To further develop the model, we examined the relationship between steady-state diameter and RAP over perfusion pressures ranging from 60 to 180 mm Hg. In these studies, pressures were held for a least 1 minute at each step. As illustrated in Figure 3A, the afferent arteriole did not constrict until RAP was elevated above 80 mm Hg. At pressures above this threshold, vessels responded with graded pressure-dependent decreases in diameter. The changes in diameter at RAPs between 80 and 180 mm Hg could be fit to by simple quadratic equation (% changemax=68−(1.05×RAP)+(0.002×RAP2)). The myogenic response of the afferent arteriole did not exhibit rate dependence. This is illustrated by the original tracing in Figure 3B and mean data in Figure 3C (n=9). As depicted, the change in afferent arteriolar diameter that was observed when RAP was increased from 80 to 160 mm Hg over a 3-minute interval was identical to that observed when the same RAP change was presented as a step (P=0.94). If a rate-dependent component of the myogenic response were present one would anticipate a biphasic response to the pressure step, characterized by an initial peak (P) of the pressure-induced vasoconstriction to levels exceeding that elicited by the slow-pressure ramp.19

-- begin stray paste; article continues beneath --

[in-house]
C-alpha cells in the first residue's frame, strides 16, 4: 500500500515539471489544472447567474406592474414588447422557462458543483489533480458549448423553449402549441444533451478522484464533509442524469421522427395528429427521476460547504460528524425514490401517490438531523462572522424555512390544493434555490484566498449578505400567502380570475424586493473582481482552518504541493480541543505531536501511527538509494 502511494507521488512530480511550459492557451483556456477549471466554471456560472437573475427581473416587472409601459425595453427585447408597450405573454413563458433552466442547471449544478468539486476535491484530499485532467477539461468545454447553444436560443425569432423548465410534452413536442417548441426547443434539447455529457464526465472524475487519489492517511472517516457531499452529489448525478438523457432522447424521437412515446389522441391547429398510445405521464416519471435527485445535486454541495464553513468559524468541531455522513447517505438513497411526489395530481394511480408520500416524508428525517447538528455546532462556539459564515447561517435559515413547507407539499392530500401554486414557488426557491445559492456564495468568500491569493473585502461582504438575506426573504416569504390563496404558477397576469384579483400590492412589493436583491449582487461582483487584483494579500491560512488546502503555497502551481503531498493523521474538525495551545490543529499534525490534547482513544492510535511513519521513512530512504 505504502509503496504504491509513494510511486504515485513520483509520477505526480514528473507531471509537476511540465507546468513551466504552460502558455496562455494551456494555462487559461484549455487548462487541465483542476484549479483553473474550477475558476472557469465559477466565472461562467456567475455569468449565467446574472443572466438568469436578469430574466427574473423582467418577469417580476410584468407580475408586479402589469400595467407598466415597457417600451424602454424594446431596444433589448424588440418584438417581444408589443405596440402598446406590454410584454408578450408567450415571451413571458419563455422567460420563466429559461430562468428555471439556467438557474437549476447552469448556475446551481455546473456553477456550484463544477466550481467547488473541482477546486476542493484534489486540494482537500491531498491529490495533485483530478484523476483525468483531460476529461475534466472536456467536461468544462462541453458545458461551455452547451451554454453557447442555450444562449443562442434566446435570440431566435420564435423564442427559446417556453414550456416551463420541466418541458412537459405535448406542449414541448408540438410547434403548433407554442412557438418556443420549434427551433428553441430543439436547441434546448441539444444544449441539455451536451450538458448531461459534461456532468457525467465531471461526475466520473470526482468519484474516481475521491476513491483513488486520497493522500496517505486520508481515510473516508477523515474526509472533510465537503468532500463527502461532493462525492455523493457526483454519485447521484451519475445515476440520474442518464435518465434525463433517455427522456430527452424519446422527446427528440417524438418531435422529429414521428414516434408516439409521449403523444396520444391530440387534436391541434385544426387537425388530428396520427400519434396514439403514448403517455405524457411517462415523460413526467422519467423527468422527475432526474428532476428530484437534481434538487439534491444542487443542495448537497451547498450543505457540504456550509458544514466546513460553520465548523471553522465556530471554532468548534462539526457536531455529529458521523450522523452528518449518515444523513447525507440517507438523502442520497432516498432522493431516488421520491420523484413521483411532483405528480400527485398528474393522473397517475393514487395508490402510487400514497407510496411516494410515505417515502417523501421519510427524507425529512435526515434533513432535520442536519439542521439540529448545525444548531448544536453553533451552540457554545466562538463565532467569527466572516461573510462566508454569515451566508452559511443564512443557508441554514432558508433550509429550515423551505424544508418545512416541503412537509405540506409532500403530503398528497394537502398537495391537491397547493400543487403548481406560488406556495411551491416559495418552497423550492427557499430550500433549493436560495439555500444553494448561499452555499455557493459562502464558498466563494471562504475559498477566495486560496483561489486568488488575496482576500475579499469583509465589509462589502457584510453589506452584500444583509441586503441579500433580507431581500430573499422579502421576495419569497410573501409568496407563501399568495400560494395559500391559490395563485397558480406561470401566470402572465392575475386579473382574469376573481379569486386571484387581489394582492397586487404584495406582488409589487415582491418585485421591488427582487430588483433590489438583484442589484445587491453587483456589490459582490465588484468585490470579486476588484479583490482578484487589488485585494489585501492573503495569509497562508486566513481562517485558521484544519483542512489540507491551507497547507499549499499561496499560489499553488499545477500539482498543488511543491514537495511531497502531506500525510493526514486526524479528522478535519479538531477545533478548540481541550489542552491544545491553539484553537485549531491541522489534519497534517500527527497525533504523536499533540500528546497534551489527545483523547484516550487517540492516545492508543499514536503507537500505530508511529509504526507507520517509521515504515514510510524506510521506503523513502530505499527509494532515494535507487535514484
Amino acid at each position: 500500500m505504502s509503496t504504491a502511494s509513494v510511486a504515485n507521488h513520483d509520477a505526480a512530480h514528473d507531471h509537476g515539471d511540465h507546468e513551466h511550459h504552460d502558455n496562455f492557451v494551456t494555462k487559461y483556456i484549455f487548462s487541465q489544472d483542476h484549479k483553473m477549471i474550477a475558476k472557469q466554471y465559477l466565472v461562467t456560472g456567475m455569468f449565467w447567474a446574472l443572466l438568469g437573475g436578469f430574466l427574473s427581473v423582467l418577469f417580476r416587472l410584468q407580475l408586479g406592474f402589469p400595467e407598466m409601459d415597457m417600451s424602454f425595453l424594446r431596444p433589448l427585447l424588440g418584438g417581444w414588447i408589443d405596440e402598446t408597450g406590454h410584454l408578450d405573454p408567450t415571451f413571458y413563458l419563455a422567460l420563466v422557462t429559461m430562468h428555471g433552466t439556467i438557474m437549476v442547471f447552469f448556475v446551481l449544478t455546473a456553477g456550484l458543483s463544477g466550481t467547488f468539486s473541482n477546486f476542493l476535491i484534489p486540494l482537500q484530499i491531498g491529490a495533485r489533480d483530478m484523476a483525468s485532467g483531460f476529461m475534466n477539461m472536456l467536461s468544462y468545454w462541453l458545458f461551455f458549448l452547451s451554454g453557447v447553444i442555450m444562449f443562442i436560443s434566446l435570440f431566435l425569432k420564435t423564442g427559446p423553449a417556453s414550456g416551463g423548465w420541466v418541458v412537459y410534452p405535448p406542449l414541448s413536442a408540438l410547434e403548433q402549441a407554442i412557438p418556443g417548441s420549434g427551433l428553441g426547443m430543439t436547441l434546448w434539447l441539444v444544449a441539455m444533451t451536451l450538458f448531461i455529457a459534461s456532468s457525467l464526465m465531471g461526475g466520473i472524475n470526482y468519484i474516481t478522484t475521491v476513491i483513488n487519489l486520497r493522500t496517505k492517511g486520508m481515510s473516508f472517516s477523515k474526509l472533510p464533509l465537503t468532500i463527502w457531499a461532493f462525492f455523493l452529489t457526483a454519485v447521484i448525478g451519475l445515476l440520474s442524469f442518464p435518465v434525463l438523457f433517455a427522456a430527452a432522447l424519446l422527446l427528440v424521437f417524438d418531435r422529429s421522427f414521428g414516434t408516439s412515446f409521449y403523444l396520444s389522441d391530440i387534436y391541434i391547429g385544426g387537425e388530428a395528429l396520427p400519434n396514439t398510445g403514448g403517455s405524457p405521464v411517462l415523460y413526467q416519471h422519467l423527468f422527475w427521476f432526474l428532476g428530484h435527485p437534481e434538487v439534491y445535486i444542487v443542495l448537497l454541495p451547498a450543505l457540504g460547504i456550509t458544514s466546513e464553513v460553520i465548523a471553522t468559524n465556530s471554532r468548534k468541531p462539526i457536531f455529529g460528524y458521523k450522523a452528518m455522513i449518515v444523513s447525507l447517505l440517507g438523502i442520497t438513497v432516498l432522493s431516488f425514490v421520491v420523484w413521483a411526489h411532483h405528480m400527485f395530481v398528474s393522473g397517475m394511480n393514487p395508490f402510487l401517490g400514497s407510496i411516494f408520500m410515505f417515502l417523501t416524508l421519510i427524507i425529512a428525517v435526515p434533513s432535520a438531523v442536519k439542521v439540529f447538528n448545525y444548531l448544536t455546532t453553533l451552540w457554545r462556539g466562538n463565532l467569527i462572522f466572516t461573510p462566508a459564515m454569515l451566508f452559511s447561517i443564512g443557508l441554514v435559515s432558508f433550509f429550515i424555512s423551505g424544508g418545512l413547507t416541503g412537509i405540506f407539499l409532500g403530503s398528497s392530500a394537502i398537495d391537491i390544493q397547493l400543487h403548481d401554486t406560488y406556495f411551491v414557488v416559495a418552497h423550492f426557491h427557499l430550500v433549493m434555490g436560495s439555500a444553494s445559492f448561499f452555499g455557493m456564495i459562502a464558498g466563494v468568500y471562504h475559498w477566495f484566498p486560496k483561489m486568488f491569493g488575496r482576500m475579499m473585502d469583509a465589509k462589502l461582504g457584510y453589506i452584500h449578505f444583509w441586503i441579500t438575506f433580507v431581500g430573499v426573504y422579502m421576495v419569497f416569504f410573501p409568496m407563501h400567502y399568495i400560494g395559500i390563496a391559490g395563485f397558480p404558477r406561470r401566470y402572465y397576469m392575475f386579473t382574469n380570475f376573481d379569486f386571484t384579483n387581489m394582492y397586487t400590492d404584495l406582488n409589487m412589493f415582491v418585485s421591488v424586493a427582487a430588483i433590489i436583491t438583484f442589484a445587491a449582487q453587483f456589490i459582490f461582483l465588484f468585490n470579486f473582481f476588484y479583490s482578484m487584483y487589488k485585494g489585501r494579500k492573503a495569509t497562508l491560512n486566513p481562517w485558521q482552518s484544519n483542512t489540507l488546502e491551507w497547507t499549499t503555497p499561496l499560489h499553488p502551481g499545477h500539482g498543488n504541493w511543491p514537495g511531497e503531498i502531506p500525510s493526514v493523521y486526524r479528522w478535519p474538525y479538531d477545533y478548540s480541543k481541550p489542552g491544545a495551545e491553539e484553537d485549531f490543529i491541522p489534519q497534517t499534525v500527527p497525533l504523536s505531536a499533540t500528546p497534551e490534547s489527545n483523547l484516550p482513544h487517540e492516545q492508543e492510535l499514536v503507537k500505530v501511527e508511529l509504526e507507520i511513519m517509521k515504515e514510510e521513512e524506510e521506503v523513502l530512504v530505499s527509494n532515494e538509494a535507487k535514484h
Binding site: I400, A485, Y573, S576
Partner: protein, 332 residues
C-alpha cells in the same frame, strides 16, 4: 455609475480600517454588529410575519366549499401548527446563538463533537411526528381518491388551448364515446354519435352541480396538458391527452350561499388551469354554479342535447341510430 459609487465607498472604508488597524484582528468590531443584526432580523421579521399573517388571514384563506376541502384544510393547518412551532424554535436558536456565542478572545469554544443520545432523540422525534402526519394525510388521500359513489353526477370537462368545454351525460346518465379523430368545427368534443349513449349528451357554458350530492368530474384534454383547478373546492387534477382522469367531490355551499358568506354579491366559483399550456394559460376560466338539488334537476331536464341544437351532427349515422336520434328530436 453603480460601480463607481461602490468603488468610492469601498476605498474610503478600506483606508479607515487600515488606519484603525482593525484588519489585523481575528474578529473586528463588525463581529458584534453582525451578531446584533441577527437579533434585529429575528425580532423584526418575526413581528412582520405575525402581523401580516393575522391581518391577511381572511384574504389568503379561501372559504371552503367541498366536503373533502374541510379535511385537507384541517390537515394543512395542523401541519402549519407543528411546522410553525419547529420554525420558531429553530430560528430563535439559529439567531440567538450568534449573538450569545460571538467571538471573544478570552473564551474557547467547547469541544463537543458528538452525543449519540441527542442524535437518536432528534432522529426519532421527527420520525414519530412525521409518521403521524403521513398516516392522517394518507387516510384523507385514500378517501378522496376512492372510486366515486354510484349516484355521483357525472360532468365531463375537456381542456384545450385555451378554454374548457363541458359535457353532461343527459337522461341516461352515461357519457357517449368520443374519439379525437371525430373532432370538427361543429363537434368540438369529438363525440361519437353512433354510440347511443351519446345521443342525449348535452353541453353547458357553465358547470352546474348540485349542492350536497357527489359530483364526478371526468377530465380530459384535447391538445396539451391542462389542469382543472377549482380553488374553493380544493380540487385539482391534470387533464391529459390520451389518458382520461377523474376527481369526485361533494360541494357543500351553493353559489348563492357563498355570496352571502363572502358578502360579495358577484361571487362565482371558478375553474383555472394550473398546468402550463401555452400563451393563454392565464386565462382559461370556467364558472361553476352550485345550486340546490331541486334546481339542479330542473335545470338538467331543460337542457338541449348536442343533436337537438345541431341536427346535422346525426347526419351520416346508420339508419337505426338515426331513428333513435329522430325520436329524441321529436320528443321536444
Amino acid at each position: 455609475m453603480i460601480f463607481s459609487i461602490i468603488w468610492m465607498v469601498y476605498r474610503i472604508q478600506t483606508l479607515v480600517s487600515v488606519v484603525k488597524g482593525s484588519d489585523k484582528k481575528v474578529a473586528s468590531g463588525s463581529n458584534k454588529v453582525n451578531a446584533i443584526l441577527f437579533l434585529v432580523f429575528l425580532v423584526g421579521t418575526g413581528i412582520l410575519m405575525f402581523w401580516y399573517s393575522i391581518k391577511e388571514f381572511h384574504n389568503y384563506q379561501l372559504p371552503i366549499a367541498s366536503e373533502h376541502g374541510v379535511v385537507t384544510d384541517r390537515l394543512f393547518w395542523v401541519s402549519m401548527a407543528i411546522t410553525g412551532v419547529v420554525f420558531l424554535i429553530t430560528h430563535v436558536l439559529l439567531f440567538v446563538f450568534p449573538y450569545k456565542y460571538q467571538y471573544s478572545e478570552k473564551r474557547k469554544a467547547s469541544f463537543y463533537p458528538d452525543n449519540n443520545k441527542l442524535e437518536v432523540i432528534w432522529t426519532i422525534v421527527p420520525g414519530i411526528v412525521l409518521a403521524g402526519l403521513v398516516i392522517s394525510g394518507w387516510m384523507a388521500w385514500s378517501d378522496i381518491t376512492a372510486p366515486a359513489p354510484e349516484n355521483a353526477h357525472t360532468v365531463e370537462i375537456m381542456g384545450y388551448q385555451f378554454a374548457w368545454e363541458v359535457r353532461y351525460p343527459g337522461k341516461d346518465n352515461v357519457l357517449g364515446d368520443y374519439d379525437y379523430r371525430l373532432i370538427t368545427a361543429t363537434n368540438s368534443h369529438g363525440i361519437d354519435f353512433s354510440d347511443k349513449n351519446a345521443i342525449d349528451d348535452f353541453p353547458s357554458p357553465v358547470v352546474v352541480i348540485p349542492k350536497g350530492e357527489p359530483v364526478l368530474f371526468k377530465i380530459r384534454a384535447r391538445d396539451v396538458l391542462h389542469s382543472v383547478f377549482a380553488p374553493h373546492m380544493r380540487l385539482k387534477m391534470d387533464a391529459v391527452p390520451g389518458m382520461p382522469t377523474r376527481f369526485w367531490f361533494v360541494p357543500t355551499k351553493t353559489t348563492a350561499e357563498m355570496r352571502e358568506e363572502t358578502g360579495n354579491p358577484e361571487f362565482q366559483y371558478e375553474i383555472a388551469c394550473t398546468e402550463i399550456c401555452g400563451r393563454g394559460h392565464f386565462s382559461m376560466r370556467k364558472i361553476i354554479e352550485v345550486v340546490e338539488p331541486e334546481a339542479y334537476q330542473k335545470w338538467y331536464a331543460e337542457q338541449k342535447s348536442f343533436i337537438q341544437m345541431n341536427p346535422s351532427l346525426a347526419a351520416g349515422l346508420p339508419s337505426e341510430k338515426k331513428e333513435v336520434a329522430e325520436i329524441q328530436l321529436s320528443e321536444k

Using the above equation and the parameters derived from our kinetic studies (Figure 2), we developed a simple mathematical model. When pressure was increased (at t=0), an initial delay of 0.3 seconds was imposed. Thereafter, the diameter at any given time (Dt) was calculated as the diameter at t=0 (D0) plus the incremental change in diameter (eg, Dt=D0+dD). For pressure increases dD=(D∞−D0) (1−e−(t−0.3)/4), where D∞ is the steady-state diameter. When RAP was decreased at t=0, an initial delay of 1.0 second was imposed. Thereafter, the Dt was calculated as above where dD=(D∞−D0) (1−0.55(1−e−(t−1)/1)−0.45(1−e−(t−1)/14)). Ongoing processes were allowed to continue during the delays. For example, during the 1-second delay for vasodilation the previously initiated vasoconstrictor response was allowed to proceed. A schematic diagram of the program is presented in online Figure 4. To relate the calculated pressure-induced change in diameter to changes in RBF, we assumed that the pressure-dependent resistance (Rmyogenic) represented 60% of the total renal vascular resistance (Rtotal=0.6 Rmygenic+0.4 Rconstant) and calculated the change in this component of resistance from the 4th power of the change in afferent arteriolar radius (Rmyogenic*/Rmyogenic=r4/r*4). As depicted in Figure 4A, this simple model exhibited steady-state autoregulation to a step increase in RAP.